Back in Canada, McDonell’s wife Margery took up his cause. She relocated from Montreal to Toronto, believing getting a reduced sentence or a reprieve for him here would be easier. She went to the press to publicize his plight. In letters to Ottawa, she informed officials that all males in her family of fighting age had enlisted. Two of her husband’s older brothers fought in the Great War, and one was killed over France with the Royal Flying Corps. She solicited assistance from the Great War Veterans’ Association.

Through her advocacy, McDonell avoided death by a fusillade of bullets. He received a pardon.

Seven months later, his discharge certificate was stamped “misconduct,” and he sailed for home aboard the SS Tunisian. Docking in Quebec City, he made his way to Toronto by train, where he was greeted by his wife and daughter, along with Mayor Tommy Church and an organizer from the Great War Veterans’ Association.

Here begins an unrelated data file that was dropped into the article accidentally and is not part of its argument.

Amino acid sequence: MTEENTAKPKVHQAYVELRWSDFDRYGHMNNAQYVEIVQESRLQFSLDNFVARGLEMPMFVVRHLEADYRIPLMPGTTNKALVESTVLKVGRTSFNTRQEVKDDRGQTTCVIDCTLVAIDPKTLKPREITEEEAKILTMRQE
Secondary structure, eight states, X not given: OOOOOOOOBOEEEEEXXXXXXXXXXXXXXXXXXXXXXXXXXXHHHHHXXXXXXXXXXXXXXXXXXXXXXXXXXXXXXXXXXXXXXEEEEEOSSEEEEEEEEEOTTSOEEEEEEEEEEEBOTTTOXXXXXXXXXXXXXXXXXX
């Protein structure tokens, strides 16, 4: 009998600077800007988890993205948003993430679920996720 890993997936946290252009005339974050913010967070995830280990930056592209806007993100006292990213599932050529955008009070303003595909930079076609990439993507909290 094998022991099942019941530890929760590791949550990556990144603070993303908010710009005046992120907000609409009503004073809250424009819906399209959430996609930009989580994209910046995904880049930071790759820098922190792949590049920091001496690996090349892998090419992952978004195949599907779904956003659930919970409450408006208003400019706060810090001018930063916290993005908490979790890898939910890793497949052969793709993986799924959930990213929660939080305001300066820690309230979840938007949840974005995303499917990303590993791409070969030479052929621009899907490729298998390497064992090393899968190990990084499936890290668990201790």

The seven others convicted with McDonell also received pardons and eventually made their way back to Canada. Unlike McDonell, who shunned the press, some shared their experience with the public.

McDonell returned to civilian life a husk of the man he once was. Traumatized by the carnage of war, a secret prevented him from resuming domestic life with Margery and Denys.

Gunner McDonell had fallen for a fellow soldier. It was a brief affair. The two fought alongside one another. During a lull in an engagement with the enemy, McDonell found his lover’s body torn to pieces in a trench. The image haunted him for his remaining days.

Denys McDonell, who didn't know her father well, would go on to serve Canada in the Second World War.